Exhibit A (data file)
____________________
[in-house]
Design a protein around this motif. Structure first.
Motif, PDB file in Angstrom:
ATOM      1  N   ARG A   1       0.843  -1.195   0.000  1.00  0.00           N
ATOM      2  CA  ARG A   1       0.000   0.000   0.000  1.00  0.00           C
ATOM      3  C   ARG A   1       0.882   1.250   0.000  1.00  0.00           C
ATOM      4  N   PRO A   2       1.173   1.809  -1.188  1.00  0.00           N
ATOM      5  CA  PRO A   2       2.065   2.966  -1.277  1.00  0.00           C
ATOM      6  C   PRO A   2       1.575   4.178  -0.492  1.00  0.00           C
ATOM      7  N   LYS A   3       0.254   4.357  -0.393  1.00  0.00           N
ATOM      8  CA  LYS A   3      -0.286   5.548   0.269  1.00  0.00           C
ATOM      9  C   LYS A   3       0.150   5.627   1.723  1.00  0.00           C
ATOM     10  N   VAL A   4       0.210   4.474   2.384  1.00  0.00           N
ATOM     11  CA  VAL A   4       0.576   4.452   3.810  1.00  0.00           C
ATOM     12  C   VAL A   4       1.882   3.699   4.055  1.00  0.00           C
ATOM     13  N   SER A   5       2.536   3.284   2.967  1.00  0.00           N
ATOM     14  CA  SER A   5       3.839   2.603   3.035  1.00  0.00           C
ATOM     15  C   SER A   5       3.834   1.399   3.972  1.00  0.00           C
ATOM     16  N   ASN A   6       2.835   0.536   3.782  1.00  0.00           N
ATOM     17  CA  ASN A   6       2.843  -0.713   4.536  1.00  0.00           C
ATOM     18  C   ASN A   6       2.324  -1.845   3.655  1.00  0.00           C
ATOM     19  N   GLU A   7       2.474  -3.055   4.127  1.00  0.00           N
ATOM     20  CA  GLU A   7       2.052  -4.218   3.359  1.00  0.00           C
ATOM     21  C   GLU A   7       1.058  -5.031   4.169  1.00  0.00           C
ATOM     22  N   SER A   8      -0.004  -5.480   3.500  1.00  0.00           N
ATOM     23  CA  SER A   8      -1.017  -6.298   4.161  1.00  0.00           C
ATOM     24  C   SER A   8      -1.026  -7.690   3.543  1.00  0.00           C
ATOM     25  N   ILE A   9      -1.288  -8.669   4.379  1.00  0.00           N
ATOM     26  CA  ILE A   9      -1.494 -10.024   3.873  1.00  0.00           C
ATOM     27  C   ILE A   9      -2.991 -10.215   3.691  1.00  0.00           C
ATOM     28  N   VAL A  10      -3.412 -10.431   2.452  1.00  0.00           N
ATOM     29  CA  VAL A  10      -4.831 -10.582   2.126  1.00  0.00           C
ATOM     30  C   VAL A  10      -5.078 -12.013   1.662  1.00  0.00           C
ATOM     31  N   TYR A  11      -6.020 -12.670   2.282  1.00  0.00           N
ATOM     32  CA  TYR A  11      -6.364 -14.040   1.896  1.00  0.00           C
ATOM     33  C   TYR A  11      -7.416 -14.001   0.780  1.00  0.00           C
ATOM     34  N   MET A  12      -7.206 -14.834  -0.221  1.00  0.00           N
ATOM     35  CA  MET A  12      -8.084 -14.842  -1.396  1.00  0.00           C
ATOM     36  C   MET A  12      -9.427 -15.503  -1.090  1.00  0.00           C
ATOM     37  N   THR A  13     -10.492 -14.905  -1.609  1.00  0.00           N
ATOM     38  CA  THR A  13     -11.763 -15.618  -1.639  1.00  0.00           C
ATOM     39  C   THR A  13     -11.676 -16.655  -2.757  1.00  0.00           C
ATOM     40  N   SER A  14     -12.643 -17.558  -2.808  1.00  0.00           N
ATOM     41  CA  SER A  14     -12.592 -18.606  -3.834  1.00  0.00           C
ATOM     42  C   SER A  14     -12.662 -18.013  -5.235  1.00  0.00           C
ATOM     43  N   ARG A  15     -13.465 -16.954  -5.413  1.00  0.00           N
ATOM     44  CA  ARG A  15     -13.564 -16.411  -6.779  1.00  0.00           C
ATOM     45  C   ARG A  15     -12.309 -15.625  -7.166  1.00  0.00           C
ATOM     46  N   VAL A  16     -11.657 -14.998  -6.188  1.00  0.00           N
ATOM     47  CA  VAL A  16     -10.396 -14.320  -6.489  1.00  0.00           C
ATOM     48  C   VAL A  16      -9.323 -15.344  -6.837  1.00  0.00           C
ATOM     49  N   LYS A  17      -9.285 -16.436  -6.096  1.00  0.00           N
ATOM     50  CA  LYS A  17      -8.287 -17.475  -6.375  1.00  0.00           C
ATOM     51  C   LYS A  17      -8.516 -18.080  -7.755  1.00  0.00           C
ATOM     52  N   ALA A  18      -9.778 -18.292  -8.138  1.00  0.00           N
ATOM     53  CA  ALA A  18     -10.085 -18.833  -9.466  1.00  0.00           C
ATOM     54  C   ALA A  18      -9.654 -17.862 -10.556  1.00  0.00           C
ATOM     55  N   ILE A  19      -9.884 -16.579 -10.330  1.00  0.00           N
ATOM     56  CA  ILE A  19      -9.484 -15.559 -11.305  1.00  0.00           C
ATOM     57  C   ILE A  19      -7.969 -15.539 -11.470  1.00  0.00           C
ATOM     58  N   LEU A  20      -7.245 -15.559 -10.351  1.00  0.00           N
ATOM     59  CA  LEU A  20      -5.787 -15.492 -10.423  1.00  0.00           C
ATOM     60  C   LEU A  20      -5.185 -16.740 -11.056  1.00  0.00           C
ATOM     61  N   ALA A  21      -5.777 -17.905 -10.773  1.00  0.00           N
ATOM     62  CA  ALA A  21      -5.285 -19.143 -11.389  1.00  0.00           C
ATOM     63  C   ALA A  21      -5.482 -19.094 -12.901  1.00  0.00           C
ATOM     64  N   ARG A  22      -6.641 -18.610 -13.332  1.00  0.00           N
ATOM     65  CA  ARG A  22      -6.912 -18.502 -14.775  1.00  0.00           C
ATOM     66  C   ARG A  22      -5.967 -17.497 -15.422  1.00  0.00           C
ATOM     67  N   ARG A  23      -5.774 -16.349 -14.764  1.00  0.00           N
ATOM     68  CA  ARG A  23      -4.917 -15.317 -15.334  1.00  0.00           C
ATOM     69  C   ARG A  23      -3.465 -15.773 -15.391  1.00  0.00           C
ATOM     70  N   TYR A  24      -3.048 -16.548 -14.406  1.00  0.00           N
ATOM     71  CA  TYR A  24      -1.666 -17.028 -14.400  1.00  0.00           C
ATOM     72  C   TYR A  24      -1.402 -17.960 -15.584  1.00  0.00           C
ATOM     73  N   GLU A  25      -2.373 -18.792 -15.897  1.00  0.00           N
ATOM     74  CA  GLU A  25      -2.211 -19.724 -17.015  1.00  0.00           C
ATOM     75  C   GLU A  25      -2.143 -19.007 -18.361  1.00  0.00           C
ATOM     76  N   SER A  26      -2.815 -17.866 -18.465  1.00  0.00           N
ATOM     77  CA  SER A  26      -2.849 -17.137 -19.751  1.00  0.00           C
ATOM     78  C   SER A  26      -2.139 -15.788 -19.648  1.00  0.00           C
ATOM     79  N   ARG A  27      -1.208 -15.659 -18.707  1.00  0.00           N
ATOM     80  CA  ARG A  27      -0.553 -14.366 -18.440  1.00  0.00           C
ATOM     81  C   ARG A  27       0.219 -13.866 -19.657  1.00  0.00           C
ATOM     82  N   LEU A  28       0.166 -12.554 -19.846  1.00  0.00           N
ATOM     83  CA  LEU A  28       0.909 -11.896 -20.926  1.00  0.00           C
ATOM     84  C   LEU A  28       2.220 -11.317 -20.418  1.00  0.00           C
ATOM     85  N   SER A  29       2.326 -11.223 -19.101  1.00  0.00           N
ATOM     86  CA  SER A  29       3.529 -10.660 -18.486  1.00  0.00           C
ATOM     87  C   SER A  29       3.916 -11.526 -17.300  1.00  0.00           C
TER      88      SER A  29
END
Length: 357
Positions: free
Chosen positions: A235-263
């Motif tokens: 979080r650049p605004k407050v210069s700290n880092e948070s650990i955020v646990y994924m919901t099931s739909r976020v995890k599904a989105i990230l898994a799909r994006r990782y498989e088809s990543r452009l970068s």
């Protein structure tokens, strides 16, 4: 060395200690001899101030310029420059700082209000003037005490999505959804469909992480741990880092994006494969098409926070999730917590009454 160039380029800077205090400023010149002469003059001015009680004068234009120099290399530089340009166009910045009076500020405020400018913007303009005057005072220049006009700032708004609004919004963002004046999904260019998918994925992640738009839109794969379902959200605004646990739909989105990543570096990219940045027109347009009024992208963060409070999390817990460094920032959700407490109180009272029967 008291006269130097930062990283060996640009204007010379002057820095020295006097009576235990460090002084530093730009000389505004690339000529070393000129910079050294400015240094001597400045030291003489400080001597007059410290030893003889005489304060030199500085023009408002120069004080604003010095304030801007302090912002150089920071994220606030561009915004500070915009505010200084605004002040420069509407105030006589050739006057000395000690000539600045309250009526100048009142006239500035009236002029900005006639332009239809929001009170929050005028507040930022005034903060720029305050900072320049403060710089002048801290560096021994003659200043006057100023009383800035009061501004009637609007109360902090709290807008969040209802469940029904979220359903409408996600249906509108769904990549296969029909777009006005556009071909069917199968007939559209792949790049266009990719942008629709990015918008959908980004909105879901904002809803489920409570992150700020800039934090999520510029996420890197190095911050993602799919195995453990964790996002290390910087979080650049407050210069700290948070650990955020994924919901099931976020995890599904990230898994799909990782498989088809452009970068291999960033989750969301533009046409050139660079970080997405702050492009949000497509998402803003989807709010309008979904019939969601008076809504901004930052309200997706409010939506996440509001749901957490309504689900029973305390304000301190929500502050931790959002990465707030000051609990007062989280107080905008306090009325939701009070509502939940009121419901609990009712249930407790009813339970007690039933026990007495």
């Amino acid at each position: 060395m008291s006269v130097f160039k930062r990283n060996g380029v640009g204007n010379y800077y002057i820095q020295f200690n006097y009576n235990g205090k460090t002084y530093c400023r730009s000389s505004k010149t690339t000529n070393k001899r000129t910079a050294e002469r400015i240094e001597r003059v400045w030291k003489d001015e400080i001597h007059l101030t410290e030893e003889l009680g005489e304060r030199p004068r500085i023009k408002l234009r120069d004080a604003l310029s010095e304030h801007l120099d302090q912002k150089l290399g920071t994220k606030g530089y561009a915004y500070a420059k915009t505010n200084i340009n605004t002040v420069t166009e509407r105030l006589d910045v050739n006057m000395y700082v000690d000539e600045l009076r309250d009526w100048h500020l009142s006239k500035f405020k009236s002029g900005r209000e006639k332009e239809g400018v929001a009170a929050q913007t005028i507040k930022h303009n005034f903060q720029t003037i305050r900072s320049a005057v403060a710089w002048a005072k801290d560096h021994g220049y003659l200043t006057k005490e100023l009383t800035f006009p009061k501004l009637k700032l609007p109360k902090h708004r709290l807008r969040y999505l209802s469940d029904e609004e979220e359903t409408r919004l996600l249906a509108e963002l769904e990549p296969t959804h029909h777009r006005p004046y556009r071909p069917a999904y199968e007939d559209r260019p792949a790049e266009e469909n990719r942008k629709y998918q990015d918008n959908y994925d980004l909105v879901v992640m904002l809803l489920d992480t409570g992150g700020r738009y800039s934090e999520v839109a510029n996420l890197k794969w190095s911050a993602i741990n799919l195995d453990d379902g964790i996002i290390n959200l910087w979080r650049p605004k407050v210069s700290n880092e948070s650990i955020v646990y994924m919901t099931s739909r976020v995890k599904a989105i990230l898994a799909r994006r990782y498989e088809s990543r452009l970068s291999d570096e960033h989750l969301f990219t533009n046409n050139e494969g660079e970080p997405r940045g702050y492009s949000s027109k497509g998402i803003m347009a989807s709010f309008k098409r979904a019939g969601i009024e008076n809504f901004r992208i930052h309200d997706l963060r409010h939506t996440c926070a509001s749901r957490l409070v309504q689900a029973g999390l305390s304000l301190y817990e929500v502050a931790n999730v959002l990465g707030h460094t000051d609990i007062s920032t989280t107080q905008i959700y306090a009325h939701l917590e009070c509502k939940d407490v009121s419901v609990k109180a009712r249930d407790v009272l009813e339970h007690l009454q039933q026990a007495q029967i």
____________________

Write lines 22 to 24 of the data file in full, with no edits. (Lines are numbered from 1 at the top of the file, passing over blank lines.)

ATOM     19  N   GLU A   7       2.474  -3.055   4.127  1.00  0.00           N
ATOM     20  CA  GLU A   7       2.052  -4.218   3.359  1.00  0.00           C
ATOM     21  C   GLU A   7       1.058  -5.031   4.169  1.00  0.00           C